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How is Chinese New Year celebrated in places outside of China?

The basic tenets of celebration for Chinese New Year stay the same regardless of location: food, family, friends, decoration, celebration.

Here, in the San Francisco Bay Area, where we have a robust community of Chinese immigrants & those (like myself) of Chinese descent, Chinese New Year is celebrated in a myriad of ways, both publicly and privately.

Publicly, SF is home to the biggest Chinese New Year Parade outside of Asia. It’s generally celebrated a few weeks after the lunar new year and draws crowds that number in the hundreds of thousands, with millions of viewers watching through the televised presentation as well.

Nowhere in the world will you see a lunar new year parade with more gorgeous floats, elaborate costumes, ferocious lions, exploding firecrackers, and of course the newly crowned Miss Chinatown U.S.A. and her court. A crowd favorite is the spectacular 288′ Golden Dragon (“Gum Lung”). It takes a team of over 180 men and women from the martial arts group, White Crane, to carry the Golden Dragon through the streets of San Francisco.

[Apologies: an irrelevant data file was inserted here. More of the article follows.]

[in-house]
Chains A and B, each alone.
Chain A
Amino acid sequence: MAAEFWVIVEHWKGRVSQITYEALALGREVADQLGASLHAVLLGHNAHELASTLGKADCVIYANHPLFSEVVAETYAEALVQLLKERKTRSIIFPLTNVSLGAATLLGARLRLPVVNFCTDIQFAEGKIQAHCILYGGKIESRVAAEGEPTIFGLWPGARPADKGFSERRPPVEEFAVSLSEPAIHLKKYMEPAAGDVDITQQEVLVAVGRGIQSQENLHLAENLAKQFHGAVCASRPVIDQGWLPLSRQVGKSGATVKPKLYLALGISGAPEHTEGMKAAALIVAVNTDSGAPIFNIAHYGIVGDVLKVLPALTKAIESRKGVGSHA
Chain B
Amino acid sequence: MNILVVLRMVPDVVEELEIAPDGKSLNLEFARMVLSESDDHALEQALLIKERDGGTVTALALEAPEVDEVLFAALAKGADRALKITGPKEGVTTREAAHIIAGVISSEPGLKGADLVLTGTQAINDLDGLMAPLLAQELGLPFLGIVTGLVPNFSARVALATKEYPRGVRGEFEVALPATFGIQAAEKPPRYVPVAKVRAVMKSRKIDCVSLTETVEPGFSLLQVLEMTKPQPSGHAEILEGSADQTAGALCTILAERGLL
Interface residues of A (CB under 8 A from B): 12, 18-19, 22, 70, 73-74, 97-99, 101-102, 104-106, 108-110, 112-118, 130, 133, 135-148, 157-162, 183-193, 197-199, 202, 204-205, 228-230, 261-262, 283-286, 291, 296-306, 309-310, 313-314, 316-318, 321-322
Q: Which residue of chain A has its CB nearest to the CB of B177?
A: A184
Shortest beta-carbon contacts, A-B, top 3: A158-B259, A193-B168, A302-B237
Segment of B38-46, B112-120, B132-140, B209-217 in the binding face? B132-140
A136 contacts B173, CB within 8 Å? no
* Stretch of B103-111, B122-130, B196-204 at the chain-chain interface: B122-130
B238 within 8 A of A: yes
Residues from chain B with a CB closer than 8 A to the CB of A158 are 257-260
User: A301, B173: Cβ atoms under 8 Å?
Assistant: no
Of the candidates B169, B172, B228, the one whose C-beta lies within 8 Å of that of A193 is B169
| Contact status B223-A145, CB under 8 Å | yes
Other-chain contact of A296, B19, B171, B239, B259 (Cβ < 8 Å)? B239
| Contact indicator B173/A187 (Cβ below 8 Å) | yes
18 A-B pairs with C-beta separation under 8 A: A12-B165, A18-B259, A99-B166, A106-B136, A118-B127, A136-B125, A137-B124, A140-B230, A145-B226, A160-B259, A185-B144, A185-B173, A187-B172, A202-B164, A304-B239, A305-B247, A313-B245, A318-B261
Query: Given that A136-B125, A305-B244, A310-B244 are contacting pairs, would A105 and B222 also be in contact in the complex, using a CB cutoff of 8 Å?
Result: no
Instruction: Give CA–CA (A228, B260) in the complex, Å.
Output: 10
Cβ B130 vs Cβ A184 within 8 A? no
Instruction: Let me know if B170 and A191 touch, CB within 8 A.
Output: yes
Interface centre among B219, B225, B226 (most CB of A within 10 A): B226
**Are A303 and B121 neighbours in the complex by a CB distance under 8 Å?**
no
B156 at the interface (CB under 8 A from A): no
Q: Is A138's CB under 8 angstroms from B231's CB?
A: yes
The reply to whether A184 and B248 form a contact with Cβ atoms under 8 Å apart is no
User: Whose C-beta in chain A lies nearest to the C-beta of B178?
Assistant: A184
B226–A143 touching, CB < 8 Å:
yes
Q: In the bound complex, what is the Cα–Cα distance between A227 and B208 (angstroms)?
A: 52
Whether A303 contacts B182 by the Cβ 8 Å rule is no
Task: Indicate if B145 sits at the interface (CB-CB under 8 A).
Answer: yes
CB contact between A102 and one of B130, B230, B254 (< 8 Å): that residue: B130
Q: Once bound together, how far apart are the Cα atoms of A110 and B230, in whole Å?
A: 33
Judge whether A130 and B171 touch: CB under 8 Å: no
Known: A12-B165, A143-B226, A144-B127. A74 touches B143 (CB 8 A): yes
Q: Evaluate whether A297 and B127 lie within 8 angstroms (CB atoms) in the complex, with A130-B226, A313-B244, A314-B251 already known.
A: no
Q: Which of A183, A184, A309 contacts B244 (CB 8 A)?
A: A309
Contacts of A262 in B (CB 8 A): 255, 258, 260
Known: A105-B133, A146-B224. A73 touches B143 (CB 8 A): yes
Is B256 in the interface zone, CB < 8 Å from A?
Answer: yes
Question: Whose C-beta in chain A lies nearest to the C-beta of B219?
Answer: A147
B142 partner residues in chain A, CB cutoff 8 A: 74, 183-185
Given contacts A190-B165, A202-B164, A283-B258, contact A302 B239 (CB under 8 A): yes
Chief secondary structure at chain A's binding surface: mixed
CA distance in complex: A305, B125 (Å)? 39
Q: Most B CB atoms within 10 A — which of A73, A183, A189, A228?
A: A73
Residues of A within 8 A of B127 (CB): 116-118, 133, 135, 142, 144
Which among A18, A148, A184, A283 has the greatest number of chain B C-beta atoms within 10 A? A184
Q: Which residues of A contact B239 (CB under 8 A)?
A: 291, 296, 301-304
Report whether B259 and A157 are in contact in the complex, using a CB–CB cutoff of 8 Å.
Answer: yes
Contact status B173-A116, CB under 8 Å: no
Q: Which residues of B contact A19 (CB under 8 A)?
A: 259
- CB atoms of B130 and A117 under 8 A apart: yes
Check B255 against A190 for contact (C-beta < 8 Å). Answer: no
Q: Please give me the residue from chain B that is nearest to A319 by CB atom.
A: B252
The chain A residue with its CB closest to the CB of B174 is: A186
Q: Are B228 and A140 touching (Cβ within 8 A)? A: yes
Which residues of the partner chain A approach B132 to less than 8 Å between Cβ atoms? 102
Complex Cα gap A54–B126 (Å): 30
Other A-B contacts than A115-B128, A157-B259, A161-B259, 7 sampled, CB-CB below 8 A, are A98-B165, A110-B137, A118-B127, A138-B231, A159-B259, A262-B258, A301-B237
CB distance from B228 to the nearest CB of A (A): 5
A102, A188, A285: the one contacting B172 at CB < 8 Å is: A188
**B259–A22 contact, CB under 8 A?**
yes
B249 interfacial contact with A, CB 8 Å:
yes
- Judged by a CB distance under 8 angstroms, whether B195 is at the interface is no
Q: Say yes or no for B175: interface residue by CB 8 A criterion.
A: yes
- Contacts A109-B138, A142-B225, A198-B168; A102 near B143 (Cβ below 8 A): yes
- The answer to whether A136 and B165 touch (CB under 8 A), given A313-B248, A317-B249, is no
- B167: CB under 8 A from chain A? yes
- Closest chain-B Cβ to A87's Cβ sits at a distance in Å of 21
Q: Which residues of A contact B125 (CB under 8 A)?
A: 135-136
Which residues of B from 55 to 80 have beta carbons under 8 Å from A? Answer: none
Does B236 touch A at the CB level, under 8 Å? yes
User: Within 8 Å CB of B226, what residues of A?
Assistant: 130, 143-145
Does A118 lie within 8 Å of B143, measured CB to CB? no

Image credit: CNY Festival & Parade on Instagram

There are also a long list of other events in the area, including the Flower Market Fair, the Miss Chinatown USA pageant, various local celebrations.

Our local malls & stores often decorate to celebrate the occasion in their window displays and with their offerings.

Privately, many families celebrate by decorating at home, visiting family, having celebratory gatherings with friends and family, and lots and lots of eating.

Red envelopes are given out to children & unmarried family members:

Wearing new clothes for the new year, for luck and so the old bad luck spirits from the past year do not recognize us:

Decorating our house for luck & good fortune:

And lots and lots of family time, remembering of our family that have passed on, and food for days (and weeks). Some of our faves for big family meals: dim sum & hot pot:

At the end of the day, regardless of where you are in the world, Chinese New Year is celebrated nearly the same: with food (sumptuous bountiful food, some with great meaning, some that’s just extravagant, and everything tasty besides), with family (as you can travel & visit to see everyone, you do, otherwise you call, send well wishes, etc, visit graves, light incense & place offerings in front of home ancestors’ shrines, etc), and with lots of joy (parades, firecrackers, flowers). It’s meant to be a time to celebrate new beginnings, to shake loose of old spirits of bad luck, etc, and to enjoy being alive and together.

Some Chinese customs & traditions explained:

Other Bay Area events celebrating the lunar new year: